summer_jackel: (angry wolf)
This morning, while riding peacefully past a vineyard, Dancer, Coba and I were rushed, or possibly attacked, by three off leash German Shepherd dogs. Their handler responded terribly. We are all fine, and although Dancer did throw me, I was able to control the fall and landed well enough. My hip will be sore for a few days, but I am otherwise unharmed.

I am supremely angry about this and will now proceed to vent.

A horse, a sheltie and myself vs a pack of German Shepherds )
summer_jackel: (Coba ^_^)
I am recently back from BayCon, where I had lots of fun sharing a dealer's table with [ profile] corpsefairy. The con has become drastically smaller since its apparent heyday some years ago---it was one of the highlights of my year for a long time, and this was my first time back in several years. Things have changed, but I still had a wonderful time. My table earnings were modest, but enough to justify spending the time and going to the con.

Still, it's so good to be home. I'm not a creature comfortable for long in heavily urbanized areas, even though the occasional visit and social fling can be a real treat. I spent the morning grooming and walking my dogs and cats (who place themselves between dog and brush when they are in the mood), and the afternoon visiting the horses. We'd all missed each other, and needed to reconnect. It was a good day.


relaxing in the sun )
summer_jackel: (Default)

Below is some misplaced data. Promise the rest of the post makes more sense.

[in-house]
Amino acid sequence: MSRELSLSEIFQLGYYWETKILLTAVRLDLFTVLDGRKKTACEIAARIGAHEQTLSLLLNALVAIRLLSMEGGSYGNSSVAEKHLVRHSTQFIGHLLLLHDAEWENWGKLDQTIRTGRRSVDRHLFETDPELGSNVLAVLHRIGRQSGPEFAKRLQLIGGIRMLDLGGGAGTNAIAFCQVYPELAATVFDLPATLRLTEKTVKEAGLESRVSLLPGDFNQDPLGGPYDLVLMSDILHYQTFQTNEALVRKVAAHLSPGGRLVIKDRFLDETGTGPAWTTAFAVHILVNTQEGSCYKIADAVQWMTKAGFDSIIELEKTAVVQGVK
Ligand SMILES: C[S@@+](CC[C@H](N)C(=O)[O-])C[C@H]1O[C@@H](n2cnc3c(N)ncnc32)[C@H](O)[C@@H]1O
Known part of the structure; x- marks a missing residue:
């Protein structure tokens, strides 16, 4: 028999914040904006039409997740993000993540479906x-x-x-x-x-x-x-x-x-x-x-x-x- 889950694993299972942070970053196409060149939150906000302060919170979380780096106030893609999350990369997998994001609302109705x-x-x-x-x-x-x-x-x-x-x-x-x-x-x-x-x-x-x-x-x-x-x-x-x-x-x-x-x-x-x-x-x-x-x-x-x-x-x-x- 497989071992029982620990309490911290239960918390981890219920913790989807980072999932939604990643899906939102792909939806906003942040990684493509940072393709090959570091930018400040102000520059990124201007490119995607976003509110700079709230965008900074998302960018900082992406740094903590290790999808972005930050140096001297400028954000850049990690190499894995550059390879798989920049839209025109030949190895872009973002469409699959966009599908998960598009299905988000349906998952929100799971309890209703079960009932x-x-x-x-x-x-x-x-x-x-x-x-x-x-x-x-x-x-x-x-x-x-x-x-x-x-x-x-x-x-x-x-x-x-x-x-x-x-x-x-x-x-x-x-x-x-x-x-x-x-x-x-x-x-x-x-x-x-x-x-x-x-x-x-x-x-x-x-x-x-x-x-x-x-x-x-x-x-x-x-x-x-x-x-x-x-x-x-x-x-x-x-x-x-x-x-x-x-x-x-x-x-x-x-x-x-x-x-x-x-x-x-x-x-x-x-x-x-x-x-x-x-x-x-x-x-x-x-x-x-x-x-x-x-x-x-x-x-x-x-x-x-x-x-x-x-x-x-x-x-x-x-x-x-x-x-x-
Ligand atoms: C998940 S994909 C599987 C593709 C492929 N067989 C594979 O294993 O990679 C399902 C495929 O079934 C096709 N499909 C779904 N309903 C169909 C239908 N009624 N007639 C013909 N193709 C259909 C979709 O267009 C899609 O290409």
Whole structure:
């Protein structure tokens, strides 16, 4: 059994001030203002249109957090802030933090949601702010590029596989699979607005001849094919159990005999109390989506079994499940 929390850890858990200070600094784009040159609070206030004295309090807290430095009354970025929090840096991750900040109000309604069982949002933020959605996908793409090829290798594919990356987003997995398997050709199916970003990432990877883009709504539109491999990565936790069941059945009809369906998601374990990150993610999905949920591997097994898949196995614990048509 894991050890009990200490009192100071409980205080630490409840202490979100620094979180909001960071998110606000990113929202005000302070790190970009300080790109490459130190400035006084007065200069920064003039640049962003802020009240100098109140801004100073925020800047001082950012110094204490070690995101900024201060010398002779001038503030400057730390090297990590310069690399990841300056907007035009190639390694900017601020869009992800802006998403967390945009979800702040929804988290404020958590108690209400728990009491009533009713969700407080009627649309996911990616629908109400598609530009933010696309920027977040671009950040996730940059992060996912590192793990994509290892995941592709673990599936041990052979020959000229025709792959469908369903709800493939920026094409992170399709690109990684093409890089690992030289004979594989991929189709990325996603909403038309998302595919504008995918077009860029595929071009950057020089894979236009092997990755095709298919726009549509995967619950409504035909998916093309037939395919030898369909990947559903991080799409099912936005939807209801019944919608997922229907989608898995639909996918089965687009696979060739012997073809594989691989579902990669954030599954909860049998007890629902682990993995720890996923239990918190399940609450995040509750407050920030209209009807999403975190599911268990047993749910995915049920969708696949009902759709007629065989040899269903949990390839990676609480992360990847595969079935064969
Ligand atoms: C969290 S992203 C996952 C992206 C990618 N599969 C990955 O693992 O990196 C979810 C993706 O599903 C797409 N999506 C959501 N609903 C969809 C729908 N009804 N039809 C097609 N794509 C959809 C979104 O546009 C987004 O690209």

My Solstice was beautiful. Things are well with me right now, the world is gorgeous and green, and even politics are doing nice things; my love to New York!

In celebration, a bunch of random animal pics as I make an attempt on a three hour ride.

Horses, Pack, Tiger, Spiders! )
summer_jackel: (Default)
Well, the deed is done...little Equinox has been gelded. It was a brief and rather graphically low-tech operation, but the vet was skillful and 2 days later, the poor little guy is a bit swollen, but healing on schedule. Gentle readers of the male persuasion in particular, you may wish never to witness this procedure.

Incidentally, I guess my colt training doesn't completely suck this time 'round, at least by comparison to some. I thought I was in 'remedial fix-your-screw-up' land when I taught him to wear a halter, lead and tie only as a wild and crazy 6 month old (and I still do, but hey, I more or less fixed it). When I made the appointment, the receptionist asked me if "the colt was broke." After I blinked confusedly at the telephone and responded with something like, 'uh, he's not broke to ride since he's only a yearling, but he does tie, lead and stand still,' she decided that she only needed to send the one vet. He called half an hour later with the same question.

Eqx's behavior as I led him to the place where the vet wanted to operate was not what I'd call exemplary control of one's colt, but I thought he was pretty decent. Still, the vet told me he'd been really good and that "most yearlings are assholes." Go me, I may at least have semi-competently trained my horse.

Weirdly, the vet also told me to longue him (horse moves in circles around trainer on end of long lead) at day 4+ because moving helps the swelling go down. I don't plan to train Eqx to longue until he's 2 and I'm sure his knees are fused; I guess the QH/TB people who start colts so young must begin groundwork before 2? That just seems so risky. Anyway, vet said that leading him around the pasture is an acceptable alternative, so I'm doing that.


Jun. 1st, 2010 01:27 pm
summer_jackel: (Default)